Bobby Duncan
“I started playing music professionally at 18,” he notes. “I had been playing around for friends previously and fell in love with the performance side of it — it was very intoxicating, that first time performing in front of people I didn’t know, and I began to feel that there was an avenue for me to pursue music as a profession. Of course, one thing always leads to another when networking, and I was told to send some songs to Walt Wilkins.” 

“I often tell people that he taught me how to play the guitar like an adult. I met Walt after I had written a handful of songs and had begun playing around the Dallas-Fort Worth metroplex. He gave me three of his albums and I lived with them for about six months. I absorbed everything in them. The melodies, the lyrics, and the depth of their production suggested I had a long way to go on my journey.”

After a few months, Wilkins agreed to produce Bobby’s first album, Lonesome Town, in 2006, and it was off to the races. “I try not to harbor too many regrets, but it’s healthy to remember a period of life where I wish I could have done better, he notes. “This was definitely it for me. I was too young to understand how difficult this music life can be. I felt entitled to far too much, but I was humbled rather quickly.”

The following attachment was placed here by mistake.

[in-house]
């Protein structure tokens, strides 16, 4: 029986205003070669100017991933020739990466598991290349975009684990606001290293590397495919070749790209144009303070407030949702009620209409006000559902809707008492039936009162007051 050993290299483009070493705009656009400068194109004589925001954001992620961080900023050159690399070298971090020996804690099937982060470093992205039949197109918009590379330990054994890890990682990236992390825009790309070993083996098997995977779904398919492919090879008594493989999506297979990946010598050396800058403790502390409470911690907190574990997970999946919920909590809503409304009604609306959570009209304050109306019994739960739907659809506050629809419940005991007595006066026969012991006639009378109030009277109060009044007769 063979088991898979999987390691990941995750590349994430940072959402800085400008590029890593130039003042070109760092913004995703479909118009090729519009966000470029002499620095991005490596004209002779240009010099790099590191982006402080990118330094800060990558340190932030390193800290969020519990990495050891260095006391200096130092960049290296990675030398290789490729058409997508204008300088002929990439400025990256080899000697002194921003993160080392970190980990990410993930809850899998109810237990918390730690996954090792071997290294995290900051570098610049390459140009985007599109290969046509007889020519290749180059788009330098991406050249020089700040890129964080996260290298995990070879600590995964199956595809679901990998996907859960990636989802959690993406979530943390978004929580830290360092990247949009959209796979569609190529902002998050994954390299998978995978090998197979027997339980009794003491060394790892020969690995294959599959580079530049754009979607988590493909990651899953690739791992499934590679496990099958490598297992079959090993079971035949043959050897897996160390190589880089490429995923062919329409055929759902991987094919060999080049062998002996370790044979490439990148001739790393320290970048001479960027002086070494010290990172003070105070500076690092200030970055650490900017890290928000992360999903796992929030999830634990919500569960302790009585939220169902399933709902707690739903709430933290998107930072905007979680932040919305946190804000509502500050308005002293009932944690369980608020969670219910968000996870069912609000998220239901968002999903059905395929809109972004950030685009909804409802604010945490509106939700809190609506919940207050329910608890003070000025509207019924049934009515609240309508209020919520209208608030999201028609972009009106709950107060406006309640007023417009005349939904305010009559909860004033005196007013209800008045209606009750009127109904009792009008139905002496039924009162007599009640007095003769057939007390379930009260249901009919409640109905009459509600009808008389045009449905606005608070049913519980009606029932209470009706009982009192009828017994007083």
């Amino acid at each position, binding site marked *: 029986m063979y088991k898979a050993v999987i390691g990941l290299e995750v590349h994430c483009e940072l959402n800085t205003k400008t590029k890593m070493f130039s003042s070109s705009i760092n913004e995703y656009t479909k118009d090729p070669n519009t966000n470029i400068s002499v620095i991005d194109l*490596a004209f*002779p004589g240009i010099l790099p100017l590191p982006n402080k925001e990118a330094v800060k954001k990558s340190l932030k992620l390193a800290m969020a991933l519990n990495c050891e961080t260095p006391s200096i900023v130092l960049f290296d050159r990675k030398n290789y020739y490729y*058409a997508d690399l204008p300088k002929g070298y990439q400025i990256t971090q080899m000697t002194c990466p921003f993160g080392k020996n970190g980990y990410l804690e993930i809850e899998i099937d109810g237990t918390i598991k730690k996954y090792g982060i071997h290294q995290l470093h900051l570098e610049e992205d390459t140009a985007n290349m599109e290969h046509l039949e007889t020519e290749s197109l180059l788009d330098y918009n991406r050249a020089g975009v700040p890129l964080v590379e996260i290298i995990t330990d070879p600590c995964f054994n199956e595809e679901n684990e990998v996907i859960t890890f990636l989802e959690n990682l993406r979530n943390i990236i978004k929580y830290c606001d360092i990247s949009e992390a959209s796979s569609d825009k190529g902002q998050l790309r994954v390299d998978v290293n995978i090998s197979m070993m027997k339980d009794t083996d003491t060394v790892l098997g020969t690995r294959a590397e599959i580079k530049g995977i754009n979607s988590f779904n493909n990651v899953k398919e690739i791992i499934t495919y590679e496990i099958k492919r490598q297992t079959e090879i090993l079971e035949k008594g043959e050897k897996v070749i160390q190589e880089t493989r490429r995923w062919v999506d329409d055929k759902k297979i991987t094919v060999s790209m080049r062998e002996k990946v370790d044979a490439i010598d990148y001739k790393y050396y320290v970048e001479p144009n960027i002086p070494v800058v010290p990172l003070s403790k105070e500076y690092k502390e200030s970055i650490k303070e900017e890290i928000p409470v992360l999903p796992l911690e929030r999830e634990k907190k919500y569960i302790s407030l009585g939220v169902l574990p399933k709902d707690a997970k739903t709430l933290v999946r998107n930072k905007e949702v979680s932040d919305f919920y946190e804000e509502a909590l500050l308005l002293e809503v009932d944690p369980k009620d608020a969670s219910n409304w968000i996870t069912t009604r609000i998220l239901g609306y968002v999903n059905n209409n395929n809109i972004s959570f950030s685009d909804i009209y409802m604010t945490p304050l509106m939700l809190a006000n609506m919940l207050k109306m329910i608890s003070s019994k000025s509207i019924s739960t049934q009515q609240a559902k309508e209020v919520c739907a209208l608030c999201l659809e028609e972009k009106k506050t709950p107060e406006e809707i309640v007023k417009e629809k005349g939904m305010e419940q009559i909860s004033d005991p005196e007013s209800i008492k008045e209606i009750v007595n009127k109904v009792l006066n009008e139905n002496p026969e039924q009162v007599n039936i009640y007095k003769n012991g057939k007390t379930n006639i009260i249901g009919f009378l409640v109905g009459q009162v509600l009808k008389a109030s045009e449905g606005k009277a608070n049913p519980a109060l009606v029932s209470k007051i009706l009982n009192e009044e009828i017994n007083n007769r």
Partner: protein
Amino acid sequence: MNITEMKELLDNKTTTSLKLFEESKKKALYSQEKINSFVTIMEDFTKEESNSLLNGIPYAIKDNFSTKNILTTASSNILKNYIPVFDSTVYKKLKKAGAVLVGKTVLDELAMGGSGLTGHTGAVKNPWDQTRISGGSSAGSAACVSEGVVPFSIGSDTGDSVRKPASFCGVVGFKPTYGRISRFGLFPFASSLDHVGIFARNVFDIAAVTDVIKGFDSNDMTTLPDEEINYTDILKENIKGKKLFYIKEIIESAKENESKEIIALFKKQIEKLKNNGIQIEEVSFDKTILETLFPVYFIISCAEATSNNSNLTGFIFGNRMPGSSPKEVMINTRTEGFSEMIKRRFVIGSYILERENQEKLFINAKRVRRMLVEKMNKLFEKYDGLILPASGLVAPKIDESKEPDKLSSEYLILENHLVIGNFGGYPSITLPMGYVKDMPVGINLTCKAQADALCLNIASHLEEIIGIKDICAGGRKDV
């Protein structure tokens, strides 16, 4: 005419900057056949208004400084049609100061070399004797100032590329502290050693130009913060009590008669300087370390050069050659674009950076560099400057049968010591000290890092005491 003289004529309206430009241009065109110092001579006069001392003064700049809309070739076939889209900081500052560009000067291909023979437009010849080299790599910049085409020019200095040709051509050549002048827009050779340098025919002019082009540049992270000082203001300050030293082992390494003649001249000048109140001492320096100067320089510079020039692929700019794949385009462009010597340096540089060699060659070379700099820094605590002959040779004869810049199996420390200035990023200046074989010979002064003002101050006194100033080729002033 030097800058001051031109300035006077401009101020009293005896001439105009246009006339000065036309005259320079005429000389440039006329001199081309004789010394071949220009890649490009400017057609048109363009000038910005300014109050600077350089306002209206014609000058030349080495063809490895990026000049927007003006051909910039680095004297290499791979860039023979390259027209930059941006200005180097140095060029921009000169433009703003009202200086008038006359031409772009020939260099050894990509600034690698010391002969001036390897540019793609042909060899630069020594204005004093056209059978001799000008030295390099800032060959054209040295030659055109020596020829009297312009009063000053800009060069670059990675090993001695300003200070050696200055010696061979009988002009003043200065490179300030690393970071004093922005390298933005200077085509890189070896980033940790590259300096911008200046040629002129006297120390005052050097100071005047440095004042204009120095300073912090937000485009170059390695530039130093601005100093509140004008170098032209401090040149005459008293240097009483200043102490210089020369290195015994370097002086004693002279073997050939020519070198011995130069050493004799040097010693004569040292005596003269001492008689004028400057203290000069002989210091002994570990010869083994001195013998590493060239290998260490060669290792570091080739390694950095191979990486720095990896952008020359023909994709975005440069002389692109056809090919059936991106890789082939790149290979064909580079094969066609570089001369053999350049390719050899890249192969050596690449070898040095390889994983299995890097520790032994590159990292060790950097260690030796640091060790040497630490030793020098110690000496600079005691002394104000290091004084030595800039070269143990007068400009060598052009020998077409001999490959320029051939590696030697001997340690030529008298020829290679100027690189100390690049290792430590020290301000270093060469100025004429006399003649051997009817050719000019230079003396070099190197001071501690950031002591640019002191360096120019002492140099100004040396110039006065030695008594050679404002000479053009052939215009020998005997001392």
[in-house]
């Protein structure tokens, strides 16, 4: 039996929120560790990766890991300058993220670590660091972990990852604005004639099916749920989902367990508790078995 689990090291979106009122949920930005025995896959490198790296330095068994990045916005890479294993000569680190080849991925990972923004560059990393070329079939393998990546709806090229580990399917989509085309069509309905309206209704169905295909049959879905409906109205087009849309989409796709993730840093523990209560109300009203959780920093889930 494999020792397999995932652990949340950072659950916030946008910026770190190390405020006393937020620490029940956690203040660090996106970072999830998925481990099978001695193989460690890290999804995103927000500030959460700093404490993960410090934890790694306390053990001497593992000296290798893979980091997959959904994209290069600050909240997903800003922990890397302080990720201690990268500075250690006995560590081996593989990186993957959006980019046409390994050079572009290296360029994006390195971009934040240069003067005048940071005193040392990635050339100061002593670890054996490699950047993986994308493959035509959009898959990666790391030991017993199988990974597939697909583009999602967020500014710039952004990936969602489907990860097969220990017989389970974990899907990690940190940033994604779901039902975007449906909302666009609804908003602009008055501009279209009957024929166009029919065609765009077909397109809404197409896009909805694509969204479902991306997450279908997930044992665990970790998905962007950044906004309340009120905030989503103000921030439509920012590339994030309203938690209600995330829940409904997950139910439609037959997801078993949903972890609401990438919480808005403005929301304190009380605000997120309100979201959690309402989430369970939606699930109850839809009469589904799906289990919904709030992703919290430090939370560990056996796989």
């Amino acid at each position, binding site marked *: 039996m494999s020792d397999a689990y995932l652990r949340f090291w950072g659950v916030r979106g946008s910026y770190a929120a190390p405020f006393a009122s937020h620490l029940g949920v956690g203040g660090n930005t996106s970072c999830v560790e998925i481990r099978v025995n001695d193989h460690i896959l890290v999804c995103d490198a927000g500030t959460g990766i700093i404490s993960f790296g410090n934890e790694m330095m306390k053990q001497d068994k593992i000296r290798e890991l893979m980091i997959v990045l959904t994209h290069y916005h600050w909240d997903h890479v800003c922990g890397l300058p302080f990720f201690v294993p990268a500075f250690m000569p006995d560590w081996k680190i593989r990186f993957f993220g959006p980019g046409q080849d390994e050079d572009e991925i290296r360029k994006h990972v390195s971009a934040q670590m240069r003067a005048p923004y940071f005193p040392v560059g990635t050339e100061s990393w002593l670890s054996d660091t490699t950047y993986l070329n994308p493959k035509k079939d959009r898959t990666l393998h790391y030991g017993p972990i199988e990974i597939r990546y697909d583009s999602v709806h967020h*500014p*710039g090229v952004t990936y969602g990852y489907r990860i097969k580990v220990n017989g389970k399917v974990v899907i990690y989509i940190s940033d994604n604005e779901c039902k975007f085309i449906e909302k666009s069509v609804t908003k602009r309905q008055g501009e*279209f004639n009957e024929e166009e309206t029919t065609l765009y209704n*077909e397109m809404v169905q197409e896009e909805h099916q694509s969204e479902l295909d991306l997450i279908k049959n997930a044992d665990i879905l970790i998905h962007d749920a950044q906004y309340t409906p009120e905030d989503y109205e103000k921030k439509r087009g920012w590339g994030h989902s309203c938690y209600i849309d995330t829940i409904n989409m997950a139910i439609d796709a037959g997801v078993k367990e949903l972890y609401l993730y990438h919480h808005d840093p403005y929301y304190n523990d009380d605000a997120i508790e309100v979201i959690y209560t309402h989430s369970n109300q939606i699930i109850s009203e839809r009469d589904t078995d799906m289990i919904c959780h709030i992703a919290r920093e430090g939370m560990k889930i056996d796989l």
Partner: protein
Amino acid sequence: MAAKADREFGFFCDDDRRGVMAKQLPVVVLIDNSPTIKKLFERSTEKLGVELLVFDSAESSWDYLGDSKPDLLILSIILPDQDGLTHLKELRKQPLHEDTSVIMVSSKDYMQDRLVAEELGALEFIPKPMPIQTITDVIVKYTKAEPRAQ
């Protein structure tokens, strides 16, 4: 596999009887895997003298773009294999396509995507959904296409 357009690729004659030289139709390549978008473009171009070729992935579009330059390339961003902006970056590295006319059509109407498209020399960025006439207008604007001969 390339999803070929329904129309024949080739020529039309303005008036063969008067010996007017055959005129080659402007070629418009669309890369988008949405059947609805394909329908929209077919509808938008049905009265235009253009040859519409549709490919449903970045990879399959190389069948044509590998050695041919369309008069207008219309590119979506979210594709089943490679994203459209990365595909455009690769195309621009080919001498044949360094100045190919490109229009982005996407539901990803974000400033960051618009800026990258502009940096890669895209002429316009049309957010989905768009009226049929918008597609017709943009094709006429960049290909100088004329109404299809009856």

“Sometimes you got to take the long road, sometimes fast, sometimes slow,” he sings in the album’s final track, an apt closing note for a collection that took its time, that lives in the questions that can still exist inside contentment. 

“Sometimes you lead, sometimes you have to follow. Sometimes it’s best to not know which way to go.” It’s a journey, after all, and Maybe This Time captures all the twists and turns that make life worth living.